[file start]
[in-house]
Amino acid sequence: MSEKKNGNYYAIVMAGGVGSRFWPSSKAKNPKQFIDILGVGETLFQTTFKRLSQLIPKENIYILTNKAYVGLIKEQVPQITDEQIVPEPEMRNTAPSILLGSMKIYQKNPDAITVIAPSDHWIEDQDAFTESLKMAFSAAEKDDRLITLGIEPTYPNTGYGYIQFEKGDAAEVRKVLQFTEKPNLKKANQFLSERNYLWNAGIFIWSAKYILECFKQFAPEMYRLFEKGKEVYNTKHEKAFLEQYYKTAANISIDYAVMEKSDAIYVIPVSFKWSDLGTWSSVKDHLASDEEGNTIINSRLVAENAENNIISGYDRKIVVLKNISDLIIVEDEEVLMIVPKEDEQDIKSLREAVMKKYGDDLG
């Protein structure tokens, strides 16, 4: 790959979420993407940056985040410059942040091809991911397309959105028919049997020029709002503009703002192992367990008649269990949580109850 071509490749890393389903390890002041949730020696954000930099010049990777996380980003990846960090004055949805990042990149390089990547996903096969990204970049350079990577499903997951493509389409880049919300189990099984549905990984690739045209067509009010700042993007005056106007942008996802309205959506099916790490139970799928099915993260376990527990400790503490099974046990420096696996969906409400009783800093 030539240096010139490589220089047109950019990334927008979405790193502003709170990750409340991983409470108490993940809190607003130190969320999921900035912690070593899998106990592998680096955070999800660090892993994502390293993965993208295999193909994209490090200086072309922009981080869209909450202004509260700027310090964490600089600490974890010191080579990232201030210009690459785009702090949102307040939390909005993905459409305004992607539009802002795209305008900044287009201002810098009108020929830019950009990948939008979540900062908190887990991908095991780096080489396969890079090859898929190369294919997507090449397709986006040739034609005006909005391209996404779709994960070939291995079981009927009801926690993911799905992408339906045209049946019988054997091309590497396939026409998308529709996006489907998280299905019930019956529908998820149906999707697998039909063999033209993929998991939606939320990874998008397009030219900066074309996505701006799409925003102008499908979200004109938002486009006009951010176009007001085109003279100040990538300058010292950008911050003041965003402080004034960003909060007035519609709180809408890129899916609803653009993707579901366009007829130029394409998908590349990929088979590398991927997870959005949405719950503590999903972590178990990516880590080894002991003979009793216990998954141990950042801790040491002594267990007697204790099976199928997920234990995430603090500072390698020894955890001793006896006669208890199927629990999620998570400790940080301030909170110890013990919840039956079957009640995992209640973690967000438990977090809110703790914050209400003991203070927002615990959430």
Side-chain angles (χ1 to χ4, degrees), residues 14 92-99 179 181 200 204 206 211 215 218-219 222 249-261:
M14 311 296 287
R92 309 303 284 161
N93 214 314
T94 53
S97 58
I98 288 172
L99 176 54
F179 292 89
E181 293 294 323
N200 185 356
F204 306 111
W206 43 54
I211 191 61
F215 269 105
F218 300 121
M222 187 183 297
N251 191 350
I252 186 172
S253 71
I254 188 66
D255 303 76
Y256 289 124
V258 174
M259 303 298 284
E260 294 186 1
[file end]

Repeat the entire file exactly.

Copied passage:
[in-house]
Amino acid sequence: MSEKKNGNYYAIVMAGGVGSRFWPSSKAKNPKQFIDILGVGETLFQTTFKRLSQLIPKENIYILTNKAYVGLIKEQVPQITDEQIVPEPEMRNTAPSILLGSMKIYQKNPDAITVIAPSDHWIEDQDAFTESLKMAFSAAEKDDRLITLGIEPTYPNTGYGYIQFEKGDAAEVRKVLQFTEKPNLKKANQFLSERNYLWNAGIFIWSAKYILECFKQFAPEMYRLFEKGKEVYNTKHEKAFLEQYYKTAANISIDYAVMEKSDAIYVIPVSFKWSDLGTWSSVKDHLASDEEGNTIINSRLVAENAENNIISGYDRKIVVLKNISDLIIVEDEEVLMIVPKEDEQDIKSLREAVMKKYGDDLG
């Protein structure tokens, strides 16, 4: 790959979420993407940056985040410059942040091809991911397309959105028919049997020029709002503009703002192992367990008649269990949580109850 071509490749890393389903390890002041949730020696954000930099010049990777996380980003990846960090004055949805990042990149390089990547996903096969990204970049350079990577499903997951493509389409880049919300189990099984549905990984690739045209067509009010700042993007005056106007942008996802309205959506099916790490139970799928099915993260376990527990400790503490099974046990420096696996969906409400009783800093 030539240096010139490589220089047109950019990334927008979405790193502003709170990750409340991983409470108490993940809190607003130190969320999921900035912690070593899998106990592998680096955070999800660090892993994502390293993965993208295999193909994209490090200086072309922009981080869209909450202004509260700027310090964490600089600490974890010191080579990232201030210009690459785009702090949102307040939390909005993905459409305004992607539009802002795209305008900044287009201002810098009108020929830019950009990948939008979540900062908190887990991908095991780096080489396969890079090859898929190369294919997507090449397709986006040739034609005006909005391209996404779709994960070939291995079981009927009801926690993911799905992408339906045209049946019988054997091309590497396939026409998308529709996006489907998280299905019930019956529908998820149906999707697998039909063999033209993929998991939606939320990874998008397009030219900066074309996505701006799409925003102008499908979200004109938002486009006009951010176009007001085109003279100040990538300058010292950008911050003041965003402080004034960003909060007035519609709180809408890129899916609803653009993707579901366009007829130029394409998908590349990929088979590398991927997870959005949405719950503590999903972590178990990516880590080894002991003979009793216990998954141990950042801790040491002594267990007697204790099976199928997920234990995430603090500072390698020894955890001793006896006669208890199927629990999620998570400790940080301030909170110890013990919840039956079957009640995992209640973690967000438990977090809110703790914050209400003991203070927002615990959430």
Side-chain angles (χ1 to χ4, degrees), residues 14 92-99 179 181 200 204 206 211 215 218-219 222 249-261:
M14 311 296 287
R92 309 303 284 161
N93 214 314
T94 53
S97 58
I98 288 172
L99 176 54
F179 292 89
E181 293 294 323
N200 185 356
F204 306 111
W206 43 54
I211 191 61
F215 269 105
F218 300 121
M222 187 183 297
N251 191 350
I252 186 172
S253 71
I254 188 66
D255 303 76
Y256 289 124
V258 174
M259 303 298 284
E260 294 186 1